The current state of our criminal justice systems constitutes “mass incarceration,” which social theorist David Garland describes in his 2001 book, Mass Imprisonment, as having two defining features, the first of which is “a rate of imprisonment and a size of prison population that is markedly above the historical and comparative norm for societies of this type” (1-3). Data about the concentration of incarceration on young black men from socioeconomically disadvantaged backgrounds—one in three of whom will be incarcerated at some point in his life—reveal that our society also fulfills the second feature: “Imprisonment becomes mass imprisonment when it ceases to be the incarceration of individual offenders and becomes the systematic imprisonment of whole groups of the population.” For young black men in large, impoverished urban centers and their families and friends, “[i]mprisonment has become normalized. It has come to be a regular, predictable part of experience, rather than a rare and infrequent event.” The typical life events of the young—education, military service, employment, marriage—have been circumscribed by the prison.

Our criminal justice systems are in crisis, and this crisis both reflects and helps sustain a broader crisis of social justice. Many people assume that the cause of the unprecedented growth in our prison populations is an unprecedented rise in crime rates. Our prison populations, however, have consistently become larger while our crime rates have periodically fluctuated. Growing crime rates cannot explain mass incarceration. Instead several social, cultural, economic, and political factors rooted in social injustice have led to the advent of mass incarceration in the United States, independently of crime rates. We incarcerate so many people because we, as a society, have chosen to incarcerate more people for longer periods of time than we used to do.

In turn, locking up ever more people in our country exacerbates social injustice. While mass incarceration has contributed only a small amount to falling crime rates since the late 1990s, it has worsened conditions in neighborhoods that see many of their residents cycle in and out of prison. Prisoners, their families, and their communities experience greater levels of poverty, political exclusion, and social isolation, as well as potentially even higher rates of crime in impoverished neighborhoods as a result of our society’s punitive turn. Any adequate response to mass incarceration must not only provide resources for addressing crime and individual wrongdoing. It must also attend to the connections between criminal and social justice. If we are to care about people in prison, we must begin by examining both the factors rooted in social injustice that fostered mass incarceration and the consequences to social justice caused by mass incarceration.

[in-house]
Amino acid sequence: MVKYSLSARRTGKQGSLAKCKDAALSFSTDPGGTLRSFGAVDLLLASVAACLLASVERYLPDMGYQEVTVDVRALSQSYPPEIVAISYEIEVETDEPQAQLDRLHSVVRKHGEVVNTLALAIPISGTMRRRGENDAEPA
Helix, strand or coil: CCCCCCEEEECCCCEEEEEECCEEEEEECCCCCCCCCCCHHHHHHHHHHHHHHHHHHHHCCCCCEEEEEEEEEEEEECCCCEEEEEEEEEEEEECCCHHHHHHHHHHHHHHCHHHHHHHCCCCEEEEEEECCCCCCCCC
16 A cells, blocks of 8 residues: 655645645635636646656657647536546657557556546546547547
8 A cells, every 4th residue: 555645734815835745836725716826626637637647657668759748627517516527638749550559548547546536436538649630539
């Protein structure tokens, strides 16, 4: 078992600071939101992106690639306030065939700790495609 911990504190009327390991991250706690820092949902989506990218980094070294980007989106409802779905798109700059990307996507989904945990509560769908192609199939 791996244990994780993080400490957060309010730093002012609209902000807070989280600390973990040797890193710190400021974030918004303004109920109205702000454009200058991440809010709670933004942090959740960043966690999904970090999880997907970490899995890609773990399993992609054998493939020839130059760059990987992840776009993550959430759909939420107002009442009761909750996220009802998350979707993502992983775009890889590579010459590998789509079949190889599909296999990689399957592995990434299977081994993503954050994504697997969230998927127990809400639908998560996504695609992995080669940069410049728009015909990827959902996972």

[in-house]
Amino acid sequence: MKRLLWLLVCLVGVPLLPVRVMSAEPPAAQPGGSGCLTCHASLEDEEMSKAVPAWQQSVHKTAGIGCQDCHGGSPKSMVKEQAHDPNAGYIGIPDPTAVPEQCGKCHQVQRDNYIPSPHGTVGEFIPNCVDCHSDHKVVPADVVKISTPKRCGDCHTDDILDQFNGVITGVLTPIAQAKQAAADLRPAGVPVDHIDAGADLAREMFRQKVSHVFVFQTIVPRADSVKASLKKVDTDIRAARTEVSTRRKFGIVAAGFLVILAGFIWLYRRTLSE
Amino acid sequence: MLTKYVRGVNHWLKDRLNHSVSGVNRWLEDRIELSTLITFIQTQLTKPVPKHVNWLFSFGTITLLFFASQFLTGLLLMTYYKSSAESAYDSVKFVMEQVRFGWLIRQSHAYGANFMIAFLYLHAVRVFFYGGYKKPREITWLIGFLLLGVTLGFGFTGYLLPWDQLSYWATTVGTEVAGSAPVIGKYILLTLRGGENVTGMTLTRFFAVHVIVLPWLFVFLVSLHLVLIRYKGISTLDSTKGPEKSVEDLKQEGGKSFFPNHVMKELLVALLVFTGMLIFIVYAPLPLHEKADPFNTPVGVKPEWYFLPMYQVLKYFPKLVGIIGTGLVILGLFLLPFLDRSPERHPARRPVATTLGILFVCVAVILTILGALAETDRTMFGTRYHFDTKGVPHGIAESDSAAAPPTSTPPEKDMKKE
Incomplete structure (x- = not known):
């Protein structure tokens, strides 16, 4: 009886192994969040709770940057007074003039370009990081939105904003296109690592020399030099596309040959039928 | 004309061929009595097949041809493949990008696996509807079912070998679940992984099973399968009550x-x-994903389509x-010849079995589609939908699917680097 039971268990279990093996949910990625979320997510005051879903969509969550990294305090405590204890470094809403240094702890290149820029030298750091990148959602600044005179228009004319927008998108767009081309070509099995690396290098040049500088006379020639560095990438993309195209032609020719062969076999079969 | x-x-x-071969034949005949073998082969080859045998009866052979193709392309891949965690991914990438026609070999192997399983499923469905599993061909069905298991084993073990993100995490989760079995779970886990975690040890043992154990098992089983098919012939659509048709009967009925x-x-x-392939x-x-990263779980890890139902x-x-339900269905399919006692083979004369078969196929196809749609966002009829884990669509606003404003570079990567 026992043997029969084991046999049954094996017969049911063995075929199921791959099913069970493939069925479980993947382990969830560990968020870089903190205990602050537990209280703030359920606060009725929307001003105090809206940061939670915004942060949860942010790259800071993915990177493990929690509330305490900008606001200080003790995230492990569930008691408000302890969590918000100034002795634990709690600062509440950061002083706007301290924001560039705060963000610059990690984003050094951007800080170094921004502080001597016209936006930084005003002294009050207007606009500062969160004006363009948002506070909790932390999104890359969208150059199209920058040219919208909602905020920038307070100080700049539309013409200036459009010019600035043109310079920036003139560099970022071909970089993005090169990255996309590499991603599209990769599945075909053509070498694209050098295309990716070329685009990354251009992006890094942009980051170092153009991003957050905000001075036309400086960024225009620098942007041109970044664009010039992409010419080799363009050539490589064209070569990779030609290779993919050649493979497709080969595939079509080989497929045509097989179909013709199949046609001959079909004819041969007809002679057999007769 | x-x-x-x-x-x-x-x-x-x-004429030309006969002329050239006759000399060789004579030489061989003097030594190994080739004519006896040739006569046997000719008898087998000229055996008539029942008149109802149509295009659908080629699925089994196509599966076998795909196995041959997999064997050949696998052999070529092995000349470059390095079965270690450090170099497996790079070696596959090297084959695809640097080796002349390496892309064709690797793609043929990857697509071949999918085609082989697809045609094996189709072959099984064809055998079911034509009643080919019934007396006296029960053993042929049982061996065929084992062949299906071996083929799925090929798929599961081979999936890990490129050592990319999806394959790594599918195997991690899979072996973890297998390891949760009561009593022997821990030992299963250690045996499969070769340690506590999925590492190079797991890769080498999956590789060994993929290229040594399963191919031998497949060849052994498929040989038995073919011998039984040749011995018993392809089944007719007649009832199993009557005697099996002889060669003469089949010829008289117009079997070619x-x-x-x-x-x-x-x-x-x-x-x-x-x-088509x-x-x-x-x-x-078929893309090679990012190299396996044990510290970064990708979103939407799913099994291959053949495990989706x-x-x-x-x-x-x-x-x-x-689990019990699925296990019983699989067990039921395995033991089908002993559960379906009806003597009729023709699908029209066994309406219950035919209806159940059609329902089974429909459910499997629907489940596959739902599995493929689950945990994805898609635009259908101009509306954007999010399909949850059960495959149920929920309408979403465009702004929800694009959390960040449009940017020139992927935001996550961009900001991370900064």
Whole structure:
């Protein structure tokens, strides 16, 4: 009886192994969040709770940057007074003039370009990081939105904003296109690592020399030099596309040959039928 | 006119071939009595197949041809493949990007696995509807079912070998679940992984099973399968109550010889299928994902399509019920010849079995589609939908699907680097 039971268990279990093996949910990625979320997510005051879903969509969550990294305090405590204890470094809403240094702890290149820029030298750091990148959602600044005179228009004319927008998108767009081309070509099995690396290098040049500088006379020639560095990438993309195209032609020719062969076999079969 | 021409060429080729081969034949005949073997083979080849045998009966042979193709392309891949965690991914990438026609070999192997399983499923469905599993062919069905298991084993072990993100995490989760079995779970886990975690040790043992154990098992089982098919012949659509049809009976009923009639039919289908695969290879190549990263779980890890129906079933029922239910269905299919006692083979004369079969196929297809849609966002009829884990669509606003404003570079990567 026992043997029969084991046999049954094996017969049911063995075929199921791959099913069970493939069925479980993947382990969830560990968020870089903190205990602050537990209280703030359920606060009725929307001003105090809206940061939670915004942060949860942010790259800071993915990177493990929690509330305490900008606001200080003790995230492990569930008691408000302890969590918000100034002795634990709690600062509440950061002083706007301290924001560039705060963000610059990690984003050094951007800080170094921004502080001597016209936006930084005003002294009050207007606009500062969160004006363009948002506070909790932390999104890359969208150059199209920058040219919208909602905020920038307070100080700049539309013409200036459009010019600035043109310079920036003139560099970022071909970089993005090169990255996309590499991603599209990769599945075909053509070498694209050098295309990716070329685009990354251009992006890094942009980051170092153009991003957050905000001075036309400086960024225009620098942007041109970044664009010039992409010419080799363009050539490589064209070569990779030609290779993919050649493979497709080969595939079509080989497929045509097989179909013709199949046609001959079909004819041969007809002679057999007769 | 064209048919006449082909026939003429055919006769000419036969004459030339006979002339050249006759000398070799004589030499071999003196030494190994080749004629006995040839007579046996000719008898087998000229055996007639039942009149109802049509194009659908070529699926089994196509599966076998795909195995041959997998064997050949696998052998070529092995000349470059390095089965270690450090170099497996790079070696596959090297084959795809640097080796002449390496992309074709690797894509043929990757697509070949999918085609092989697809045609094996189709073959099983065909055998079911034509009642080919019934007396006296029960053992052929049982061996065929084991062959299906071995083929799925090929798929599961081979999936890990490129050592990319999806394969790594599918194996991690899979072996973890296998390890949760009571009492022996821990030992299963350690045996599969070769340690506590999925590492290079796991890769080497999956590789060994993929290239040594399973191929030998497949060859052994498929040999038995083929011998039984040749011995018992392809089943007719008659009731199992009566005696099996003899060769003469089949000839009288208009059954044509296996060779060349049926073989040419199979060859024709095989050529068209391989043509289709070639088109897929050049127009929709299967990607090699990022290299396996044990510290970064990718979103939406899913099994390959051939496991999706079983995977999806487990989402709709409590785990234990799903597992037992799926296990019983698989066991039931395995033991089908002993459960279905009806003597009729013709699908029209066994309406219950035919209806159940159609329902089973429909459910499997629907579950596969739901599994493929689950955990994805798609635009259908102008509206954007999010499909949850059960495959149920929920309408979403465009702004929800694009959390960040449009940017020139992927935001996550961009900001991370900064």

To untangle our criminal and social justice crises, we must begin by learning to care about people in prison. Many of us are able to avoid caring about them because prisons lie outside of our immediate realms of experience. Without direct experience of prisons and prisoners, it is easier to maintain the perspective that incarcerated people are dangerous, dirty, and despicable, mere animals in cages. Insulated by racial, ethnic, and class privilege, many Americans can live most of our lives without awareness of the harsh realities surrounding mass incarceration and the ways in which many people in prison have been degraded and demeaned throughout their lives. To overcome our indifference toward people in prison and to begin to address the problem of mass incarceration, we must come to care across racial, ethnic, and class divisions and to recognize that people in prison are indeed human persons. We must also begin to envision a new kind of society that is not so willing to throw people away, especially people who have already been pushed to the edges of our communities.

As I turned this problem over in my heart and my head, and as I contemplated my Catholic heritage, which had taught me to be open to and forgiving of the other, no matter how difficult that might be, I found guidance in the heart or our tradition: the sacraments and liturgy.  I have an expansive view of liturgy and sacraments not only as the words and gestures of the mass or the list of seven sacraments.  The liturgy is the public service of the church in making the grace of God perceptible to human beings, thus consecrating our lives in the world. Rather than otherworldly, apolitical, or privatized religious practices, the liturgy of the sacraments draws us more deeply into the world in anticipation of the ultimate mystery of God’s reign in which life, freedom, justice, love, and peace fully take hold in our existence. Through our worship, we are called to emulate Jesus Christ, the Son of God, through the Holy Spirit, by serving God and neighbors, particularly our neighbors who have been victims of injustice. This more expansive understanding of liturgy and sacraments, while rooted in Catholicism, should be accessible to other Christian traditions as well.